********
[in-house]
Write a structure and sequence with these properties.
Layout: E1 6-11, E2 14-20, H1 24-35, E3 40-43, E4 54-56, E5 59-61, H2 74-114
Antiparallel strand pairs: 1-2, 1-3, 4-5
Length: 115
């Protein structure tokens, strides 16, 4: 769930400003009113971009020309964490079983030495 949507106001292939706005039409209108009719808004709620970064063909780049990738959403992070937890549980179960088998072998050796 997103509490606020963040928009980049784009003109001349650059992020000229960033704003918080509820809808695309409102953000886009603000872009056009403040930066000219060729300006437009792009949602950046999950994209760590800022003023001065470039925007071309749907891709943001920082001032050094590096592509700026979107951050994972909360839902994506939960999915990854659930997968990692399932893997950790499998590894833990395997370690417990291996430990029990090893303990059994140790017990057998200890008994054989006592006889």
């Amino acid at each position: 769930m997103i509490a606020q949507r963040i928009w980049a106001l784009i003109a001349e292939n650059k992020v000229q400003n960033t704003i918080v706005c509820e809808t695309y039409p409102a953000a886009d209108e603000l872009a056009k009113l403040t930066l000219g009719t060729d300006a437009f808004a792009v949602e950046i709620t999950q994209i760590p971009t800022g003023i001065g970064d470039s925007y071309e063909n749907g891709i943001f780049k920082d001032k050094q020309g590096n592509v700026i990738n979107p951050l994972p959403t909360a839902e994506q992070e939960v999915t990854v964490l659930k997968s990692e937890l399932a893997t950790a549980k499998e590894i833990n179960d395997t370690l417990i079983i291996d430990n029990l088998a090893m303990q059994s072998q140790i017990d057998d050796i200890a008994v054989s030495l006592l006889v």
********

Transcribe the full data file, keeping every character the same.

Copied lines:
[in-house]
Write a structure and sequence with these properties.
Layout: E1 6-11, E2 14-20, H1 24-35, E3 40-43, E4 54-56, E5 59-61, H2 74-114
Antiparallel strand pairs: 1-2, 1-3, 4-5
Length: 115
């Protein structure tokens, strides 16, 4: 769930400003009113971009020309964490079983030495 949507106001292939706005039409209108009719808004709620970064063909780049990738959403992070937890549980179960088998072998050796 997103509490606020963040928009980049784009003109001349650059992020000229960033704003918080509820809808695309409102953000886009603000872009056009403040930066000219060729300006437009792009949602950046999950994209760590800022003023001065470039925007071309749907891709943001920082001032050094590096592509700026979107951050994972909360839902994506939960999915990854659930997968990692399932893997950790499998590894833990395997370690417990291996430990029990090893303990059994140790017990057998200890008994054989006592006889």
């Amino acid at each position: 769930m997103i509490a606020q949507r963040i928009w980049a106001l784009i003109a001349e292939n650059k992020v000229q400003n960033t704003i918080v706005c509820e809808t695309y039409p409102a953000a886009d209108e603000l872009a056009k009113l403040t930066l000219g009719t060729d300006a437009f808004a792009v949602e950046i709620t999950q994209i760590p971009t800022g003023i001065g970064d470039s925007y071309e063909n749907g891709i943001f780049k920082d001032k050094q020309g590096n592509v700026i990738n979107p951050l994972p959403t909360a839902e994506q992070e939960v999915t990854v964490l659930k997968s990692e937890l399932a893997t950790a549980k499998e590894i833990n179960d395997t370690l417990i079983i291996d430990n029990l088998a090893m303990q059994s072998q140790i017990d057998d050796i200890a008994v054989s030495l006592l006889v």